This is not to say tandem nursing is easy - I think it can be emotionally challenging to nurse two children, as well as physically draining. For us, though, I think it was easier to tandem nurse than to wean my older child who was so not ready, emotionally or physically.

Anyway, since there were two articles in my email newsletters in the same week, I figured I'd share... Anyone else care to share tandem nursing experiences?

Christina @ Birthing Your Baby
Independent Childbirth Classes in Central Maine

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Monday, July 14, 2008

Mother-Baby Dyad

The other part of the Midwifery Today newsletter article on "Animal Birth" that really interested me was the last paragraph:
"In animal husbandry, the first line of defense for protecting the unborn is to protect and nurture the nutritional needs and comfort of the birthing female. In the case of institutionalized birth for humans, however, in spite of evidence to the contrary, the norm is to act as if the nutritional needs and the comfort of the birthing mothers are of concern to, at most, the marketing and public relations department! It's an affront to common sense that as a society we are currently more accepting of the needs of foaling mares, whelping poodles and high-producing cows than of our birthing humans. From the high rates of fetal distress, meconium staining and breastfeeding problems, the consequences are clearly devastating to our infants, just as any decent horseman would predict."

I have read in other places the term "mother-baby dyad", which is what this article reminded me of - that in animal husbandry, the dyad aspect of the motherbaby relationship is typically respected, while it may or may not be in human care.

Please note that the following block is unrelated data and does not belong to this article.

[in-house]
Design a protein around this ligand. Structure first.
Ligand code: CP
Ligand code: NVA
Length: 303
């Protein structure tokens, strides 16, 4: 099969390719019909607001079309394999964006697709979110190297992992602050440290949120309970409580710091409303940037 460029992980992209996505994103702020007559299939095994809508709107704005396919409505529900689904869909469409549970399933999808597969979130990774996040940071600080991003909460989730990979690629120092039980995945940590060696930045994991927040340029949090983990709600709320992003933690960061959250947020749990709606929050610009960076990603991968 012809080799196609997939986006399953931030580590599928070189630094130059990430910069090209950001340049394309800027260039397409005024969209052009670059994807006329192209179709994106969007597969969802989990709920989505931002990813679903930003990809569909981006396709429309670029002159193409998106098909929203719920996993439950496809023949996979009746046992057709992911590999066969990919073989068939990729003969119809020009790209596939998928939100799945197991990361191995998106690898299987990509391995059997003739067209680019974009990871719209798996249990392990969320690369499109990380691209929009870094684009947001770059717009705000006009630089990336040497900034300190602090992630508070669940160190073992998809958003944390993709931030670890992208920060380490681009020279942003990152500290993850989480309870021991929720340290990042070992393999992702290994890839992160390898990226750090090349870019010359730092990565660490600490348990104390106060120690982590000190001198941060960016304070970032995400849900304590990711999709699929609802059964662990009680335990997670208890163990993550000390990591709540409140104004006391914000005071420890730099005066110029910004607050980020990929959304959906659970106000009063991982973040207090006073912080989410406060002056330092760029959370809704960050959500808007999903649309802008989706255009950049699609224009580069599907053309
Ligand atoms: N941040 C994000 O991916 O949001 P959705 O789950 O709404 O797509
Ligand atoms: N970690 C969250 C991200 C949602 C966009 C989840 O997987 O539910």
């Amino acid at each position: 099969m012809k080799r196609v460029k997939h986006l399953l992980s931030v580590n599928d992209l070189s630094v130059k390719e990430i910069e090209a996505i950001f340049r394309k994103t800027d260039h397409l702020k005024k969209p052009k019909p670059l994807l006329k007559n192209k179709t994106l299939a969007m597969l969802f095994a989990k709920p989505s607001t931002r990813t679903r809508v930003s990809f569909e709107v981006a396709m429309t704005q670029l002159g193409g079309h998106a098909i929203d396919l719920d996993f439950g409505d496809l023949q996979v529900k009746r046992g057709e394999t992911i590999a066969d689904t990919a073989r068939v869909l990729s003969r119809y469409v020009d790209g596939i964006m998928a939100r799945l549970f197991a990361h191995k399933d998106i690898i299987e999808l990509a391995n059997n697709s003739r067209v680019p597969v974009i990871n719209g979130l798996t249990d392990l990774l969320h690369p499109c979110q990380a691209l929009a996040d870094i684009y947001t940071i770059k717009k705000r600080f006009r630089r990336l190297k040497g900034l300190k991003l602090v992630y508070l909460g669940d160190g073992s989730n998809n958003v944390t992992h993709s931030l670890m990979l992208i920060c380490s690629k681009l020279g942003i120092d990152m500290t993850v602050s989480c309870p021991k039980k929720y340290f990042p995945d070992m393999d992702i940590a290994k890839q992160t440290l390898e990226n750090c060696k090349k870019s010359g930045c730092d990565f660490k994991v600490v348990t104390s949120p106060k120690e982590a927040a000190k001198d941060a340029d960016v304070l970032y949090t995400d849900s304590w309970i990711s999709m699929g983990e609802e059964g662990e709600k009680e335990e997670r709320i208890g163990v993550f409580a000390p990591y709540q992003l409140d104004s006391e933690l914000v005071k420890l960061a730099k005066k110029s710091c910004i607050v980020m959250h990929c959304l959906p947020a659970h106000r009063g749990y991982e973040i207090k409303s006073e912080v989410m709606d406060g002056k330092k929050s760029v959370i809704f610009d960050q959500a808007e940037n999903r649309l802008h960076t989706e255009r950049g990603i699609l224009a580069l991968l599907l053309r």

Dyad is defined as "a group of two; couple; pair" and "two persons involved in an ongoing relationship or interaction", according to Birth is certainly an ongoing interaction!

Unfortunately, I think that some caregivers and birth-places set the mother and baby in adversarial positions - that mothers who want to move around instead of lying still for continuous fetal monitoring are putting their babies in danger... that mothers who want to wait for baby to send the signal that (s)he is ready for birth instead of scheduling an induction are putting their babies in danger... that mothers who pay attention to their own needs - for space, support, food/drink, information, etc. - are in some ways being "selfish" by putting their own needs above their babies.

I've flown enough times with my kids to have the whole "oxygen mask for yourself first" speech practically memorized. You know, the one where they advise people traveling with small children to put on their own oxygen masks first before attending to their children. For obvious reasons, that never fail to go through my head in near-panic-inducing detail (again with the labor breathing!).

Is labor that different? I believe that a strong, healthy, comfortable (in mind as well as body, as much as possible), well-fed and hydrated, supported woman is going to have a physiologically easier labor than if she had not taken care of her mind and body. By taking care of herself, she IS taking care of her baby.

If mother is frightened or anxious, her baby is exposed to adrenalin... or baby could receive the positive, long-lasting benefits of endorphins. Mother could feel more comfortable moving around, which helps baby slip into the most advantageous position for traveling down the birth canel...or the baby of a mom lying on her back will have to squirm uphill to be born. The deep breaths a mother's body tells her she needs to breathe in while pushing her baby out provides extra oxygen for the baby... or the breath-holding 1-2-3-4-5-6-7-8-9-10 PUSH HARDER "purple-pushing" scenario stresses baby's system. I could go on & on! What happens to the mother, the decisions she makes to take care of herself (and her baby), truly affects the baby's experience of birth.

Speaking of baby's experience of birth, I love Gayle Peterson's description in An Easier Childbirth: